western union

Amazon, Western Union debut PayCode to sell goods in emerging markets and let shoppers pay in cash

Posted by | alibaba, Amazon, Asia, developing markets, eCommerce, emerging markets, Finance, Mobile, payments, qr code, TC, western union | No Comments

While Amazon has been methodical (read: a little slow) in launching local versions of its site for various global markets, it has now embarked on a secondary track to snag more business outside the 14 countries where it has built out full operations.

Amazon has partnered with Western Union to set up a service called PayCode, which lets people shop and pay for Amazon items using local currencies that would not have been accepted on the site before, starting with services in 10 countries: Chile, Columbia, Hong Kong, Indonesia, Kenya, Malaysia, Peru, Philippines, Taiwan and Thailand.

Specifically, shoppers in these markets will now be able to go into Western Union outposts and pay for their Amazon purchases in cash, which also means that payment cards or other virtual payment methods will also not be required to buy from Amazon — one of the barriers to expanding the service up to now into more emerging economies, where card and bank account penetration is much lower than in developed markets like the U.S. and Europe.

“Amazon is committed to enabling customers anywhere in the world to shop on Amazon.com, and a big part of that is to allow customers to pay for their cross-border online purchases in a way that is most convenient for them,” said Ben Volk, director, Payment Acceptance and Experience at Amazon, in a statement. “Amazon PayCode leverages the reach of Western Union to make cross-border online shopping a reliable and convenient experience for customers who do not have access to international credit cards, or prefer to pay in cash.”

In terms of what they will be able to buy, people can shop across the breadth of the Amazon marketplace, but Amazon notes that they will only be able to use PayCode if it’s offered as an option at checkout (which will only happen in the markets where PayCode is supported); if the item that is chosen is “export eligible,” and if the item’s value “exceeds the maximum value allowed for use on this payment type” — although Amazon doesn’t appear to specify what that maximum value is. Once you complete the purchase online (or possibly more likely, on mobile), you get a “PayCode” QR code that you will have 48 hours to take to a Western Union to pay for the goods; otherwise your order gets cancelled.

The deal between Amazon and Western Union was initially announced last October, with very little detail and fanfare. The PayCode name then appeared to leak out a month later around what appeared to be a test in India (where it has not launched… yet). Today was the first time that the companies unveiled the first launch countries.

PayCode is a significant advance for Amazon as it seeks to step up to the next level of being a global e-commerce powerhouse to compete against the likes of Alibaba.

The latter company has made a lot of inroads to work in a wider array of markets beyond its home base of China, specifically tapping into a long tail of supply from its home market and demand for those goods abroad. Alibaba is also taking care of business when it comes to making more seamless transactions related to those trades. Just today, its financial services affiliate Ant Financial announced that it would acquire U.K.’s WorldFirst, which provides foreign money transfer for businesses and individuals, for a price that we heard from sources was in the region of $700 million.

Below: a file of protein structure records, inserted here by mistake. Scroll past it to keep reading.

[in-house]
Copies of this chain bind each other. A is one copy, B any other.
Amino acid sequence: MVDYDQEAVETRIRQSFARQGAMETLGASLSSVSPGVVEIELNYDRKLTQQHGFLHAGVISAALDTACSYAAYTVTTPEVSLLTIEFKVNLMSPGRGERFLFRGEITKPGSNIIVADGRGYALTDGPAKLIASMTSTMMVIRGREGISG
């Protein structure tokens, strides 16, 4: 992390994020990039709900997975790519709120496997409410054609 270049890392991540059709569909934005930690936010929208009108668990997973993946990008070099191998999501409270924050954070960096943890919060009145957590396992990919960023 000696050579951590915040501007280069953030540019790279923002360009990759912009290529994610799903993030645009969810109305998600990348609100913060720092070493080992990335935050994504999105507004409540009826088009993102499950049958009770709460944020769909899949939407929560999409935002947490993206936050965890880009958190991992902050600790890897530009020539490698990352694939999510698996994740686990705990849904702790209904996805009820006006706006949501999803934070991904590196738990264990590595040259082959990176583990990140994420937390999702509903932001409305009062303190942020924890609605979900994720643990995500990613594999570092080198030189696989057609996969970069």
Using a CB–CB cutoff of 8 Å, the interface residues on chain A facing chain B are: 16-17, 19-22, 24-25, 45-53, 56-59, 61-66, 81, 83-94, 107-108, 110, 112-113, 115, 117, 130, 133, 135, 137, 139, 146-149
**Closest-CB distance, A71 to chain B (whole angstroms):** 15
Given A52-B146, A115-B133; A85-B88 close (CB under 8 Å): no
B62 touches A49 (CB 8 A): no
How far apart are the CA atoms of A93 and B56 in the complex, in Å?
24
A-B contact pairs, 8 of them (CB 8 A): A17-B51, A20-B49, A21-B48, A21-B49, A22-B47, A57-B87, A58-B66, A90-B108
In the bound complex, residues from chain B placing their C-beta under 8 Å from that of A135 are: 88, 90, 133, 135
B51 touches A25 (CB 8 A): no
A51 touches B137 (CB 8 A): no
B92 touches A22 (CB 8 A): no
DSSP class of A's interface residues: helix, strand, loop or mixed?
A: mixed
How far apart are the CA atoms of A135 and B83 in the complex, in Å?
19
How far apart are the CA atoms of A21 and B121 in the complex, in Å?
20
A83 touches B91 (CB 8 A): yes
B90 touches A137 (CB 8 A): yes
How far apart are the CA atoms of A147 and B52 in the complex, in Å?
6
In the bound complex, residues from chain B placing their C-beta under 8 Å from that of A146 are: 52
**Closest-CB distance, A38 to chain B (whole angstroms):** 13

Amazon currently operates 15 Amazon websites globally: in the U.S., U.K., Australia, Brazil, Canada, China, France, Germany, India, Italy, Japan, Mexico, Netherlands, Spain and Turkey. (It appears also to have a Prime-only site in Singapore.) Up to now, these would have been the only countries where Amazon would offer goods in local currencies.

Adding a new tranche of countries using PayCode will potentially massively expand how many people can shop on Amazon without Amazon going through the steps of setting up full-fledged operations in those countries to serve those consumers and sellers. (Or, this being Amazon, this would be a key way for the company to start testing the waters to figure out which market might do best with a full-fledged store.) Over time, you might imagine that Amazon might extend PayCode to markets where it has sites, too, to give shoppers more flexibility in how they pay for goods for themselves or that they are buying for others.

It’s a big market opportunity. Amazon cites estimates from Forrester Research that say cross-border shopping will represent 20 percent of e-commerce by 2022, accounting for $630 billion.

For Western Union, this is a potentially big partnership, too.

Today, PayCode allows people to use Western Union to act as a physical pay station for their Amazon goods, giving Western Union a small cut on those transactions. But you might imagine how this could evolve over time, where remittances sent from family members abroad via Western Union — a very common use of remittance networks — might immediately get redeemed to cover purchases on Amazon.

Similarly, Western Union is working closer with MPesa, the African mobile wallet service that lets people essentially use their phone top-up account as a payment account, and you could imagine how this too could get incorporated into the PayCode experience to facilitate buying and paying on devices, without having to go into Western Union shops and use actual cash.

“We’re helping to unlock access to Amazon.com for customers who need and want items that can only be found online in many parts of the world,” said Khalid Fellahi, SVP and General Manager of Western Union Digital, in a statement. “This is a great example of two global brands innovating and collaborating to bring customers more convenience and choice. In a world where cross-border buyers and sellers are often located on different continents and in completely different financial ecosystems, our platform is ideally suited to solving the complexity of collecting local currency and converting it into whatever currency merchants need on the other end.”